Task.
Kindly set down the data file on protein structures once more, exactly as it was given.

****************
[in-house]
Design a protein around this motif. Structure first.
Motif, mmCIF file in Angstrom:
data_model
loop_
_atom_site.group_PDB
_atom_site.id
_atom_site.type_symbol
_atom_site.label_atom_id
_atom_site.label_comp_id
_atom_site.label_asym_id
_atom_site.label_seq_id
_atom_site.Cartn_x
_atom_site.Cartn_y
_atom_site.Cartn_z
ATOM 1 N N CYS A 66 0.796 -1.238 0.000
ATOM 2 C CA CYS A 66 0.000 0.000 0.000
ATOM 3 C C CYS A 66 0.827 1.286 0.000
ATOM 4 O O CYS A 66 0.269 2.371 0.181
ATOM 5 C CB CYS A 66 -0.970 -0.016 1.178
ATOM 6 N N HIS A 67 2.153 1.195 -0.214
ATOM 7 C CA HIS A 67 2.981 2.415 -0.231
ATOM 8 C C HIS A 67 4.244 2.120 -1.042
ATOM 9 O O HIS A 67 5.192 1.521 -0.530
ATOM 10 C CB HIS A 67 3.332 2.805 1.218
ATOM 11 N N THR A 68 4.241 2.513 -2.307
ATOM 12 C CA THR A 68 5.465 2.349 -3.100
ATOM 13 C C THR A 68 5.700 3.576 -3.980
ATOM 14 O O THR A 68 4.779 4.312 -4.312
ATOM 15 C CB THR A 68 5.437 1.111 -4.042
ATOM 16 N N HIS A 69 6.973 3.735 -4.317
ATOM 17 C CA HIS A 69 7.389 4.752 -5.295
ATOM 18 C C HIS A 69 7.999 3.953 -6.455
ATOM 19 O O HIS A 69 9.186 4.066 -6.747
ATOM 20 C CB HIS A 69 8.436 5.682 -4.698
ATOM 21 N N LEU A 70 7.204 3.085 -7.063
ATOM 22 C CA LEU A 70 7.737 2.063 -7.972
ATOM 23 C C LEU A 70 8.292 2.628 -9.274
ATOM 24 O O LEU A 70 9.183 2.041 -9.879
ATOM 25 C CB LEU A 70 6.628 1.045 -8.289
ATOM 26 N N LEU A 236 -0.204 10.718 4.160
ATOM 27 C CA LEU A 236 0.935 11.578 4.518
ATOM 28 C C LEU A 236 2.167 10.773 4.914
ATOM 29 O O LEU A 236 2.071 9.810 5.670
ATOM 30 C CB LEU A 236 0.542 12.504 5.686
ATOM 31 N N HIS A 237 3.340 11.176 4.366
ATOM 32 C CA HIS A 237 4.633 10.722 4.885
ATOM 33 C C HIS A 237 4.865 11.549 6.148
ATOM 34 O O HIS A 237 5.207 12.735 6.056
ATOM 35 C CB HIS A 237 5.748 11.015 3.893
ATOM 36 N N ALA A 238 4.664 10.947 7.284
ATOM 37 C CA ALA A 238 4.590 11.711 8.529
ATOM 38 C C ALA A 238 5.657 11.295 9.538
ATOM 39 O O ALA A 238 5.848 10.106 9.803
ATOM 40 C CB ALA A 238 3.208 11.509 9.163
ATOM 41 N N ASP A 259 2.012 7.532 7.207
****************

[in-house]
Design a protein around this motif. Structure first.
Motif, mmCIF file in Angstrom:
data_model
loop_
_atom_site.group_PDB
_atom_site.id
_atom_site.type_symbol
_atom_site.label_atom_id
_atom_site.label_comp_id
_atom_site.label_asym_id
_atom_site.label_seq_id
_atom_site.Cartn_x
_atom_site.Cartn_y
_atom_site.Cartn_z
ATOM 1 N N CYS A 66 0.796 -1.238 0.000
ATOM 2 C CA CYS A 66 0.000 0.000 0.000
ATOM 3 C C CYS A 66 0.827 1.286 0.000
ATOM 4 O O CYS A 66 0.269 2.371 0.181
ATOM 5 C CB CYS A 66 -0.970 -0.016 1.178
ATOM 6 N N HIS A 67 2.153 1.195 -0.214
ATOM 7 C CA HIS A 67 2.981 2.415 -0.231
ATOM 8 C C HIS A 67 4.244 2.120 -1.042
ATOM 9 O O HIS A 67 5.192 1.521 -0.530
ATOM 10 C CB HIS A 67 3.332 2.805 1.218
ATOM 11 N N THR A 68 4.241 2.513 -2.307
ATOM 12 C CA THR A 68 5.465 2.349 -3.100
ATOM 13 C C THR A 68 5.700 3.576 -3.980
ATOM 14 O O THR A 68 4.779 4.312 -4.312
ATOM 15 C CB THR A 68 5.437 1.111 -4.042
ATOM 16 N N HIS A 69 6.973 3.735 -4.317
ATOM 17 C CA HIS A 69 7.389 4.752 -5.295
ATOM 18 C C HIS A 69 7.999 3.953 -6.455
ATOM 19 O O HIS A 69 9.186 4.066 -6.747
ATOM 20 C CB HIS A 69 8.436 5.682 -4.698
ATOM 21 N N LEU A 70 7.204 3.085 -7.063
ATOM 22 C CA LEU A 70 7.737 2.063 -7.972
ATOM 23 C C LEU A 70 8.292 2.628 -9.274
ATOM 24 O O LEU A 70 9.183 2.041 -9.879
ATOM 25 C CB LEU A 70 6.628 1.045 -8.289
ATOM 26 N N LEU A 236 -0.204 10.718 4.160
ATOM 27 C CA LEU A 236 0.935 11.578 4.518
ATOM 28 C C LEU A 236 2.167 10.773 4.914
ATOM 29 O O LEU A 236 2.071 9.810 5.670
ATOM 30 C CB LEU A 236 0.542 12.504 5.686
ATOM 31 N N HIS A 237 3.340 11.176 4.366
ATOM 32 C CA HIS A 237 4.633 10.722 4.885
ATOM 33 C C HIS A 237 4.865 11.549 6.148
ATOM 34 O O HIS A 237 5.207 12.735 6.056
ATOM 35 C CB HIS A 237 5.748 11.015 3.893
ATOM 36 N N ALA A 238 4.664 10.947 7.284
ATOM 37 C CA ALA A 238 4.590 11.711 8.529
ATOM 38 C C ALA A 238 5.657 11.295 9.538
ATOM 39 O O ALA A 238 5.848 10.106 9.803
ATOM 40 C CB ALA A 238 3.208 11.509 9.163
ATOM 41 N N ASP A 259 2.012 7.532 7.207